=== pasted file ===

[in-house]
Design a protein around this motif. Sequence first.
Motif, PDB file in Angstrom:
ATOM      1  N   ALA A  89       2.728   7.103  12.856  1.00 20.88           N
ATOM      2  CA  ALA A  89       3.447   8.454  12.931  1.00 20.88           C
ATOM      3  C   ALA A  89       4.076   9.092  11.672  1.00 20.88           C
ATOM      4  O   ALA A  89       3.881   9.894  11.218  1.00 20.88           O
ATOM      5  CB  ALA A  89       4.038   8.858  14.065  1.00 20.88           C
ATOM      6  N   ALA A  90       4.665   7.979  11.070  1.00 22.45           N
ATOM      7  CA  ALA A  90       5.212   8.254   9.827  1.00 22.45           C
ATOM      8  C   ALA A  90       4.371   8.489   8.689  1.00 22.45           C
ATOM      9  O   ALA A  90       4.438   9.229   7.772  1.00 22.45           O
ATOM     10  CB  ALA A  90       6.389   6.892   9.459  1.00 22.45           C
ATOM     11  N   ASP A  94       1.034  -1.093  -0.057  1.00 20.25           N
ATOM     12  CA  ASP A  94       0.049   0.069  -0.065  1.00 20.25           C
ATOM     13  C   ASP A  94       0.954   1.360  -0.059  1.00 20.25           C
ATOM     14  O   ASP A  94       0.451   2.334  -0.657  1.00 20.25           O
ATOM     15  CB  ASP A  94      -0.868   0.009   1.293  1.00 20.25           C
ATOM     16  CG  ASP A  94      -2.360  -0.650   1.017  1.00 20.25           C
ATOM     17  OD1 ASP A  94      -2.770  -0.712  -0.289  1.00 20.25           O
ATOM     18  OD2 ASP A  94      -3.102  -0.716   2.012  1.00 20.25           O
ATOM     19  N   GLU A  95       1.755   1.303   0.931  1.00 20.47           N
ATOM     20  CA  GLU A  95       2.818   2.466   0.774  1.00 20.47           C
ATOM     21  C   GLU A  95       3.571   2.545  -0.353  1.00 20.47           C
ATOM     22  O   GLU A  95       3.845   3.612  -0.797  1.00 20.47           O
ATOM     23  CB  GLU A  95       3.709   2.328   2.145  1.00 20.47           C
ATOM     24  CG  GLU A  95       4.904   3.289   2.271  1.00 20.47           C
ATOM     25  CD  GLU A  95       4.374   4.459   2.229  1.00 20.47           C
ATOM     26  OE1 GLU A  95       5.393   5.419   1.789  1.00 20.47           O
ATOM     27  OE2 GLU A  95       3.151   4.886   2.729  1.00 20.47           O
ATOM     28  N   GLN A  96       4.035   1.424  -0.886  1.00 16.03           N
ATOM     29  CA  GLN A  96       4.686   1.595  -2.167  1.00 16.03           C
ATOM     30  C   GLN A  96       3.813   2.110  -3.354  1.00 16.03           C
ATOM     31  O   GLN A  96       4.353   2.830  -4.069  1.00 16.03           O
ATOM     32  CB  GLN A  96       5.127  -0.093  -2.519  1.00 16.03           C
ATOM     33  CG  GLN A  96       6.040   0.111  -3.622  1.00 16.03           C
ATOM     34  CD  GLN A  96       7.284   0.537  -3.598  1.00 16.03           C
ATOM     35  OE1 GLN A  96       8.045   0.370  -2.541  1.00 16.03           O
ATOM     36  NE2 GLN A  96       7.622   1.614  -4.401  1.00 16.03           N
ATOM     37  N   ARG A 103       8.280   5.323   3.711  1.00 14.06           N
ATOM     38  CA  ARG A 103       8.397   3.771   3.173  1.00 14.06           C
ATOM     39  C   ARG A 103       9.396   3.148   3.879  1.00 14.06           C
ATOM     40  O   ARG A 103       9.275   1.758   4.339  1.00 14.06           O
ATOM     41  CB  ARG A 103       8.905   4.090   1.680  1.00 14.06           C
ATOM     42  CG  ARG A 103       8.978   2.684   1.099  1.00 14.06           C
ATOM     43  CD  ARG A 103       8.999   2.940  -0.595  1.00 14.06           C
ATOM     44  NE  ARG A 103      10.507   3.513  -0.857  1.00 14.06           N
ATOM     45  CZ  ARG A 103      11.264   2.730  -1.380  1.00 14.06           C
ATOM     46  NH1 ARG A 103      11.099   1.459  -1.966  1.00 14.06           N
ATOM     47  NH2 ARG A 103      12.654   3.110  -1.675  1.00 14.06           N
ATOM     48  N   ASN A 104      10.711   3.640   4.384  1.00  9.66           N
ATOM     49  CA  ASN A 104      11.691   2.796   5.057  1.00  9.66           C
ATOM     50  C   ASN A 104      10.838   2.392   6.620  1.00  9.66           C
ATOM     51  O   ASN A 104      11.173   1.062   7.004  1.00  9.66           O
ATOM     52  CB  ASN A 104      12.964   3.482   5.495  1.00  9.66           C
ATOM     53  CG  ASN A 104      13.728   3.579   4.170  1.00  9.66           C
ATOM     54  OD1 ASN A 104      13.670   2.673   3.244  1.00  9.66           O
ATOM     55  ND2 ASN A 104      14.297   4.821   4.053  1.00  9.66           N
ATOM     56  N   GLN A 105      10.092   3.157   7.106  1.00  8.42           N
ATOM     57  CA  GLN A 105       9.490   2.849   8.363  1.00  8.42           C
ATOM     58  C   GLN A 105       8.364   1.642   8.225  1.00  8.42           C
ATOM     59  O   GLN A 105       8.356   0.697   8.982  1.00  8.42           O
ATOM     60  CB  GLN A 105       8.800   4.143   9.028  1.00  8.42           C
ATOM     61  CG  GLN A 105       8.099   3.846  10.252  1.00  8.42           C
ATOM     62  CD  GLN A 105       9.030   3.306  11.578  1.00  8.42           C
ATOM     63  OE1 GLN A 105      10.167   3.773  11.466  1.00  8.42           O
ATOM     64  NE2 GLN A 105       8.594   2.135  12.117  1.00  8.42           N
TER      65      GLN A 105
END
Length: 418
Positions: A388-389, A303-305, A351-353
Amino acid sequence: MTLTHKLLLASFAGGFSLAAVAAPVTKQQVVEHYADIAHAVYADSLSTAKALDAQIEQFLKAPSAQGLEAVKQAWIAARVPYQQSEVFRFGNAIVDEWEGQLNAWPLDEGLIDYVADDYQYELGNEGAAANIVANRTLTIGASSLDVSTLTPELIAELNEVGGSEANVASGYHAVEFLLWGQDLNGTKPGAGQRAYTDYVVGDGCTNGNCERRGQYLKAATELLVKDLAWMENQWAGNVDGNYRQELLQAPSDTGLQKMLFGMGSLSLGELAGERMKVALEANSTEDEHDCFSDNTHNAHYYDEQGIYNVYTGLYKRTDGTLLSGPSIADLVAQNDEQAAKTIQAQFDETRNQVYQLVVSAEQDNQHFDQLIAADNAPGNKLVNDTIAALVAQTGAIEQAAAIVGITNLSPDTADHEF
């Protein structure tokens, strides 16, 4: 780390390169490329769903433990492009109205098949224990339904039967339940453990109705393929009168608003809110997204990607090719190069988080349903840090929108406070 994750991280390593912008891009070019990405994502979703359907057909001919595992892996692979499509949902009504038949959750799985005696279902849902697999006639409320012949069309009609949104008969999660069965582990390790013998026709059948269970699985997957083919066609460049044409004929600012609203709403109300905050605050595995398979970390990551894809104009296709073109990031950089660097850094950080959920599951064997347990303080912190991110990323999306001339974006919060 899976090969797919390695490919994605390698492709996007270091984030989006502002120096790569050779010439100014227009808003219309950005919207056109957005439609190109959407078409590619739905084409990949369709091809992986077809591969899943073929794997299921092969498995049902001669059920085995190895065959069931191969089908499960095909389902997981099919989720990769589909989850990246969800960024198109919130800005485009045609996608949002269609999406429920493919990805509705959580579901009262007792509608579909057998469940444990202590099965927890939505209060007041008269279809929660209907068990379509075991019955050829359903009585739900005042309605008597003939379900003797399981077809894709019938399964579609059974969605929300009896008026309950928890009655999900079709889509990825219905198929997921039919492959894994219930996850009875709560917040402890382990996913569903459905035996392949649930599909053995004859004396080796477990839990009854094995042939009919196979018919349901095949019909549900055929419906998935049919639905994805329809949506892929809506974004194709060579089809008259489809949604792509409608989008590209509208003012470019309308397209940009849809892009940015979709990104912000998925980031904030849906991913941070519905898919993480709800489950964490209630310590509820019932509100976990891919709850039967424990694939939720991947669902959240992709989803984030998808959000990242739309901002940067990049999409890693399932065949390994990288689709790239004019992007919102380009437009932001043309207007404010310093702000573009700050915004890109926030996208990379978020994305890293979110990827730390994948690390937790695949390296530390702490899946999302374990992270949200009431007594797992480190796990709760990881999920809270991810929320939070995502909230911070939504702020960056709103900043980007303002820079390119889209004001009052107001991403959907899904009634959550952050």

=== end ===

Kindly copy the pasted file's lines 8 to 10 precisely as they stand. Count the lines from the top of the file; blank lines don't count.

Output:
ATOM      5  CB  ALA A  89       4.038   8.858  14.065  1.00 20.88           C
ATOM      6  N   ALA A  90       4.665   7.979  11.070  1.00 22.45           N
ATOM      7  CA  ALA A  90       5.212   8.254   9.827  1.00 22.45           C